17 June 2022
Gavin Turk mythical sculpture “Ariadne Wrapped” unveiled
Inspired by surrealist artistic methodologies and the ‘myth’ of the artist, sculpture by renowned artist Gavin Turk depicts Greek Goddess Ariadne as an exploration of a classical figure that invites the audience inside a larger metaphysical maze.
Today (17th June 2022), contemporary sculptor Gavin Turk has unveiled a new artwork at the heart of the CB1 development in central Cambridge. The sculpture, named ‘Ariadne Wrapped’, is positioned outside of the city’s main station and is described by the artist as an “out-of-focus classical form” that plays against the colonnades of the station itself.
Ariadne Wrapped depicts the mythical character of Ariadne, who in Greek mythology allegedly helped Theseus escape the Labyrinth and the Minotaur, and was then taken to Naxos and abandoned there by Theseus. At first glance, Turk’s work shows an object hidden in a dust sheet and bound with rope. The cloth however forms a key part of the artwork, with Ariadne packaged up suggesting a constant state of transportation, accompanied by the bustle of passing trains as the figure remains stationary. The contrasting criss-cross ropes represent navigation lines, referencing new perspectives.
The shape of the covered object suggests the heroine, Ariadne in a reclining classical pose, with her arms thrown over her head, a posture of abandonment. Through this depiction, Turk explores the themes of value, how we look at the world and the male gaze.
Turk cites Italian artist Giorgio de Chirico – known for his surrealist works often picturing a white colonnade and a piazza – as an inspiration for the sculpture of Ariadne whose reclining figure is located in front of a set arches at the station building. The use of playful trompe l’oeil and the ambiguity of the sculpture juxtaposed against the vibrant public square leaves the viewer questioning its meaning.
As a wrapped work, Turk’s piece reminds the viewer of artworks by artist duo Christo and Jeanne-Claude; iconic for their large-scale landmark installations often wrapped in fabric. This concept of wrapping artwork deceives the eye. Turk was inspired by this idea, and we encounter Ariadne as a figure metaphorically wrapped in history, context and time.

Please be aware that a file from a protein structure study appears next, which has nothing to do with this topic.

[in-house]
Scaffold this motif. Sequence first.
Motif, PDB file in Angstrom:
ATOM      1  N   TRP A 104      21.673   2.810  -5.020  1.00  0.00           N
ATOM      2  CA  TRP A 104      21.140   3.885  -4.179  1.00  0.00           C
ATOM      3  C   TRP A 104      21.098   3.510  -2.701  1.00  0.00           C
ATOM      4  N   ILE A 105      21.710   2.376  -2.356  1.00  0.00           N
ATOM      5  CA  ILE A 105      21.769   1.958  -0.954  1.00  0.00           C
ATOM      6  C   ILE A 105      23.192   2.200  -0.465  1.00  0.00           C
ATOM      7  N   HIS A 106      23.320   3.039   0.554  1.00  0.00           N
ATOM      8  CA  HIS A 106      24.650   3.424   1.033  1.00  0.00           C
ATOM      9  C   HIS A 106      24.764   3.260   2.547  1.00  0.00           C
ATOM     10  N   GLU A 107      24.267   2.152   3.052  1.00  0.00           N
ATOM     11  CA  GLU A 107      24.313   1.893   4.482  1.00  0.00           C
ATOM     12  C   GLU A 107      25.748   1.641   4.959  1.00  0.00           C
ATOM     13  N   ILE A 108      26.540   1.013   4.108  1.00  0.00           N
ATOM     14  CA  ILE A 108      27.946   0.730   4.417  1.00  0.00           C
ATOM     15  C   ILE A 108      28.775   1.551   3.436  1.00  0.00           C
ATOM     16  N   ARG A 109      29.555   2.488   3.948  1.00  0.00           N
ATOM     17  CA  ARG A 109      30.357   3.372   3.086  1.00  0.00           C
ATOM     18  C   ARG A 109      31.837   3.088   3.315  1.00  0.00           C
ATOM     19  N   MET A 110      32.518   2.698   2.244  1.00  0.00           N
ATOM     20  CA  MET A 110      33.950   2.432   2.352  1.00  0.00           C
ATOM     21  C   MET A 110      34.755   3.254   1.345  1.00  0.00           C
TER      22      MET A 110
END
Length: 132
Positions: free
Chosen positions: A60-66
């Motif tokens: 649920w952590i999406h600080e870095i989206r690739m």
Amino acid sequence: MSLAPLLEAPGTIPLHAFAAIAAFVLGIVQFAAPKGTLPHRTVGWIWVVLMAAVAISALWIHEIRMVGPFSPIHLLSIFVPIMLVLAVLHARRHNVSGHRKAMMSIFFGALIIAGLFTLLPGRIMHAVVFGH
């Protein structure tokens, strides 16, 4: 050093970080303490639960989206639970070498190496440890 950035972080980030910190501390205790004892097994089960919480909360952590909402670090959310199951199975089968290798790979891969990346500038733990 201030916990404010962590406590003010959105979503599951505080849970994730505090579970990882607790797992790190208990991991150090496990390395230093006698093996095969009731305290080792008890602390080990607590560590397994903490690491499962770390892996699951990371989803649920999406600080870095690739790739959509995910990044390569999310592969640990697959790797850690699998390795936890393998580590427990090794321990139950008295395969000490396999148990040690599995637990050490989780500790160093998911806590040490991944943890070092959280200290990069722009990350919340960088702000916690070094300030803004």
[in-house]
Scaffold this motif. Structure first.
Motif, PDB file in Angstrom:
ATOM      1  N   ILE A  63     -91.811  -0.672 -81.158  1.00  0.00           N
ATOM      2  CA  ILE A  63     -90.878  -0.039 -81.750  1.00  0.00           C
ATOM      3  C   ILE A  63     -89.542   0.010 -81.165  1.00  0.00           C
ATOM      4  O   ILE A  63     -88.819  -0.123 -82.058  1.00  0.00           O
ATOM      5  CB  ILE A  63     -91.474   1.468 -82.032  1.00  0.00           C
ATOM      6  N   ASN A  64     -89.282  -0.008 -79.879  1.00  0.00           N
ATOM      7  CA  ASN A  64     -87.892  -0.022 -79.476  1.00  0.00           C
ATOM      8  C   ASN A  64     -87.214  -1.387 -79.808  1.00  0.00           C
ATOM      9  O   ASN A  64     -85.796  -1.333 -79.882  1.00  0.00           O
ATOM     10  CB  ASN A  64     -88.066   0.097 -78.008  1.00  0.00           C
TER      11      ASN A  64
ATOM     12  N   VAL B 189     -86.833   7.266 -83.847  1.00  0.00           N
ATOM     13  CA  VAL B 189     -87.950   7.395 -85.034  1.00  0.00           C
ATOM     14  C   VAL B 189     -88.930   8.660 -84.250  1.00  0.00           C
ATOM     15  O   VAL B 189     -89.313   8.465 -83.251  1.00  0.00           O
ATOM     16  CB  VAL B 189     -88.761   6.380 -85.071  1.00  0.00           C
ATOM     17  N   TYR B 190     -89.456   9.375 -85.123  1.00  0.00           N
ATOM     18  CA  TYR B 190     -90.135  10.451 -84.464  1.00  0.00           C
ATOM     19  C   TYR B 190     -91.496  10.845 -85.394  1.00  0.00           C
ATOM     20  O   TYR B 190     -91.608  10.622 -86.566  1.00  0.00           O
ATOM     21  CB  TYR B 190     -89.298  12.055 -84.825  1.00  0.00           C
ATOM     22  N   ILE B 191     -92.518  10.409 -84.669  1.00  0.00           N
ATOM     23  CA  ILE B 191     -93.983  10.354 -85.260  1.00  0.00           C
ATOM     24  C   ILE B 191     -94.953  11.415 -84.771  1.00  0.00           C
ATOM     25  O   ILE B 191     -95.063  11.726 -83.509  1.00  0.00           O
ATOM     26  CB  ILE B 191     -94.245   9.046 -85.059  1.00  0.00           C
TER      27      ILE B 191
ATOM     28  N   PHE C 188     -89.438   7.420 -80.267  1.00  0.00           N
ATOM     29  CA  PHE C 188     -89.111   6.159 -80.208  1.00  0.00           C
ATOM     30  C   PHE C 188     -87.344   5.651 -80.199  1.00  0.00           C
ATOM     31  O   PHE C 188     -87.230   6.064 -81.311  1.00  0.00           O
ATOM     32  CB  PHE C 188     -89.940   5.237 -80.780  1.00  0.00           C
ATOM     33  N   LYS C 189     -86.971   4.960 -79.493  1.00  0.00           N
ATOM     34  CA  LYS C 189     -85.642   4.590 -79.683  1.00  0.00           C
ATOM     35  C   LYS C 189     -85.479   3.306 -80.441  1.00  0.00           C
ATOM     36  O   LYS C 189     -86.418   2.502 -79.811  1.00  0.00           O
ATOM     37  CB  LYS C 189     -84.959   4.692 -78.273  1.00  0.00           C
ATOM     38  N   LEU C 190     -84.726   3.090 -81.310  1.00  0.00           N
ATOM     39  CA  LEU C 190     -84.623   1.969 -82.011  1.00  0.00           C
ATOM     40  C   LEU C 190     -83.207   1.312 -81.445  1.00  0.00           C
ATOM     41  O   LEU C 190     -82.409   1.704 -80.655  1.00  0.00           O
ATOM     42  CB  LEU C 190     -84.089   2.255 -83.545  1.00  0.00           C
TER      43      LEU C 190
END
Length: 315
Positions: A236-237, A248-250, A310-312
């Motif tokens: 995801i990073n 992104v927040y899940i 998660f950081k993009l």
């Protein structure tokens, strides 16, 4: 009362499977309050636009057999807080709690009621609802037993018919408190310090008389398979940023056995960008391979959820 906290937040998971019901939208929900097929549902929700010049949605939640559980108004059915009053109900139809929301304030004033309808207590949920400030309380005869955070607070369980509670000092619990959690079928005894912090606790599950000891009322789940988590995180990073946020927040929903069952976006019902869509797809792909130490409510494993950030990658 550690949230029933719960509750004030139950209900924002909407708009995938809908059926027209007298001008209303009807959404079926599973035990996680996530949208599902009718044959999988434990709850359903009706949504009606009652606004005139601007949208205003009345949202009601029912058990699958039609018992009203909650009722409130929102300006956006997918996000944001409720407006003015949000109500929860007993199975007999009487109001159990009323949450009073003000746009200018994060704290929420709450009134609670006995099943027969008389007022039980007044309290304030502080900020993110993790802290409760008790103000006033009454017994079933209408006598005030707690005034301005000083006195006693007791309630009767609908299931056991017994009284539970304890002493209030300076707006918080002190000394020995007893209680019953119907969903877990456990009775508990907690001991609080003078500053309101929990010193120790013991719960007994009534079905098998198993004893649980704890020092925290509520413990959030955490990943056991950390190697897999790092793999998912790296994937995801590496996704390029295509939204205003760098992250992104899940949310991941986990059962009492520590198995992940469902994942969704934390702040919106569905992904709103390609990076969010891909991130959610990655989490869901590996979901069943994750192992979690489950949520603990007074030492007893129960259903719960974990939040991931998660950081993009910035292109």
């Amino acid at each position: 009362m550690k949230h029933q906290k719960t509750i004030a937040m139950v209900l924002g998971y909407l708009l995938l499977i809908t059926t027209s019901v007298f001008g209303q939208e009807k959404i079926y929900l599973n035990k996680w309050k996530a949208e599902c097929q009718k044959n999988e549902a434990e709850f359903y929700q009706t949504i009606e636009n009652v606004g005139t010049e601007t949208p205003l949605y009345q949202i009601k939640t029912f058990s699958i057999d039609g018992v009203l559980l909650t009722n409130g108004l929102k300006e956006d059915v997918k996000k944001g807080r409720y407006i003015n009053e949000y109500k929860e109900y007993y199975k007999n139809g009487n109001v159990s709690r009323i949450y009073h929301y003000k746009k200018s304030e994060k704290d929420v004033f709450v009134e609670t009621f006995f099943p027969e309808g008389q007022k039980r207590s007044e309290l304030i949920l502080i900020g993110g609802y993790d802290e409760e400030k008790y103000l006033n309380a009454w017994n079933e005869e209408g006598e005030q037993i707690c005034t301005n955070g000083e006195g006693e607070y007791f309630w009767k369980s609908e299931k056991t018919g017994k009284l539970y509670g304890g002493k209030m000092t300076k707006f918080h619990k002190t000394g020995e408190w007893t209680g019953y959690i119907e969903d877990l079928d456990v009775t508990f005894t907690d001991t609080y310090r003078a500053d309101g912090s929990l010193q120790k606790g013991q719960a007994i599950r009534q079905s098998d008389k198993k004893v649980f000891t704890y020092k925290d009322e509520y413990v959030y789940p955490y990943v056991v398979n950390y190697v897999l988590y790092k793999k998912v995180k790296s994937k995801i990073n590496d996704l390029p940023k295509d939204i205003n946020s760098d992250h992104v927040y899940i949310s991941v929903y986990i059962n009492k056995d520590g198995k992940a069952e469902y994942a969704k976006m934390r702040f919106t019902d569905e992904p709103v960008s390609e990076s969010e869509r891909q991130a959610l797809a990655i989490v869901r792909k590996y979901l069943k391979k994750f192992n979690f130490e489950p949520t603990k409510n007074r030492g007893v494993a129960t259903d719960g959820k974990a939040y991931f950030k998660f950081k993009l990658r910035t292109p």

Sven Topel, Chief Executive at Brookgate, said:
“Unveiling Gavin’s sculpture marks an important milestone for CB1, bringing art to the centre of the station’s public realm to create a truly welcoming entry point to the city. Public art forms a key element in the wider Cambridge community and we’re pleased to play a part in contributing to this rich culture and art scene in Cambridge.”
Gavin Turk said:
“Ariadne Wrapped has made a reality of something which I dreamt up, through looking at a painting, which is a painting of a dream.
“This most recent work outside Cambridge Station brings together many different themes from my work, developing what I see as a metaphysical landscape, which incorporates other works I have made. Including a 12 metre Nail opposite St Paul’s Cathedral, a giant plug, in a plug hole in Paddington Basin and a number of larger-than-life doors, hanging in frames (most recently L’âge d’Or was sited outside the Museum of Migration in Rotterdam).”
Developer Brookgate commissioned Ariadne Wrapped as a commitment to investing in culture along with the ongoing delivery of the CB1 Estate. The artwork installation originated through a series of proposals and consultations with a steering group including the local community and forms part of a series of artworks at the CB1 Estate.
In summer 2018, Gavin Turk hosted the ‘Metaphysical Cyclist’ tours, partnering with Cambridge-born artist Adam Dant on three public bicycle rides for the local community. The rides, which used a fleet of colourful, Turk-designed striped bicycles, encouraged everyone in Cambridge to see the public art that surrounds them every day with fresh eyes. Later this year, The Heong Gallery in Cambridge will showcase an exhibition of Turk’s work, exploring the artist’s interest in waste, consumerism as well as the historical references the piece is inspired by.
Photography: Phil Mynott
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